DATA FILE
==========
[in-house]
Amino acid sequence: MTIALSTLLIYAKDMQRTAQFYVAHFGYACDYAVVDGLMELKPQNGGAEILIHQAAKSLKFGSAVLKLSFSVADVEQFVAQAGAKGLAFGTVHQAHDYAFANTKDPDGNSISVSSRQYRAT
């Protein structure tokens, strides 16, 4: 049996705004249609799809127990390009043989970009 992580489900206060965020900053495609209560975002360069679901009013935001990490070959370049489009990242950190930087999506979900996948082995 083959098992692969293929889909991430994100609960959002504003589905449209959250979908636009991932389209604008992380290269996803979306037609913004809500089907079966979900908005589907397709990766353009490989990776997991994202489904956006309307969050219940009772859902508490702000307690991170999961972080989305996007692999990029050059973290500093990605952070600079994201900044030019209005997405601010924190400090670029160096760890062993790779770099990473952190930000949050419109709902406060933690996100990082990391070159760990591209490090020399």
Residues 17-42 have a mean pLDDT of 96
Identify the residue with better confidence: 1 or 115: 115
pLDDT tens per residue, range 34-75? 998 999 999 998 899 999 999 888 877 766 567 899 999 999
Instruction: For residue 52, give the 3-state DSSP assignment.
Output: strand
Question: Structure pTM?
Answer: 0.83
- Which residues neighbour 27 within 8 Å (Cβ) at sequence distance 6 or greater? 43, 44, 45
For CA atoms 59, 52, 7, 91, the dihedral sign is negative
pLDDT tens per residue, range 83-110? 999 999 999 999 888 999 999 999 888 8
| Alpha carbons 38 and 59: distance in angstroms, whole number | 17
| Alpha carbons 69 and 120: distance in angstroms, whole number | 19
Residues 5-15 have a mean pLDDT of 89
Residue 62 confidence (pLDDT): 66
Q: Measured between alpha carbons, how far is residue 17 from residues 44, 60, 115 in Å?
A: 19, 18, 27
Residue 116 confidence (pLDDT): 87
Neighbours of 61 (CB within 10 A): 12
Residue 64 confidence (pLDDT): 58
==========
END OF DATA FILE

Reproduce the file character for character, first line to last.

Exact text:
[in-house]
Amino acid sequence: MTIALSTLLIYAKDMQRTAQFYVAHFGYACDYAVVDGLMELKPQNGGAEILIHQAAKSLKFGSAVLKLSFSVADVEQFVAQAGAKGLAFGTVHQAHDYAFANTKDPDGNSISVSSRQYRAT
């Protein structure tokens, strides 16, 4: 049996705004249609799809127990390009043989970009 992580489900206060965020900053495609209560975002360069679901009013935001990490070959370049489009990242950190930087999506979900996948082995 083959098992692969293929889909991430994100609960959002504003589905449209959250979908636009991932389209604008992380290269996803979306037609913004809500089907079966979900908005589907397709990766353009490989990776997991994202489904956006309307969050219940009772859902508490702000307690991170999961972080989305996007692999990029050059973290500093990605952070600079994201900044030019209005997405601010924190400090670029160096760890062993790779770099990473952190930000949050419109709902406060933690996100990082990391070159760990591209490090020399």
Residues 17-42 have a mean pLDDT of 96
Identify the residue with better confidence: 1 or 115: 115
pLDDT tens per residue, range 34-75? 998 999 999 998 899 999 999 888 877 766 567 899 999 999
Instruction: For residue 52, give the 3-state DSSP assignment.
Output: strand
Question: Structure pTM?
Answer: 0.83
- Which residues neighbour 27 within 8 Å (Cβ) at sequence distance 6 or greater? 43, 44, 45
For CA atoms 59, 52, 7, 91, the dihedral sign is negative
pLDDT tens per residue, range 83-110? 999 999 999 999 888 999 999 999 888 8
| Alpha carbons 38 and 59: distance in angstroms, whole number | 17
| Alpha carbons 69 and 120: distance in angstroms, whole number | 19
Residues 5-15 have a mean pLDDT of 89
Residue 62 confidence (pLDDT): 66
Q: Measured between alpha carbons, how far is residue 17 from residues 44, 60, 115 in Å?
A: 19, 18, 27
Residue 116 confidence (pLDDT): 87
Neighbours of 61 (CB within 10 A): 12
Residue 64 confidence (pLDDT): 58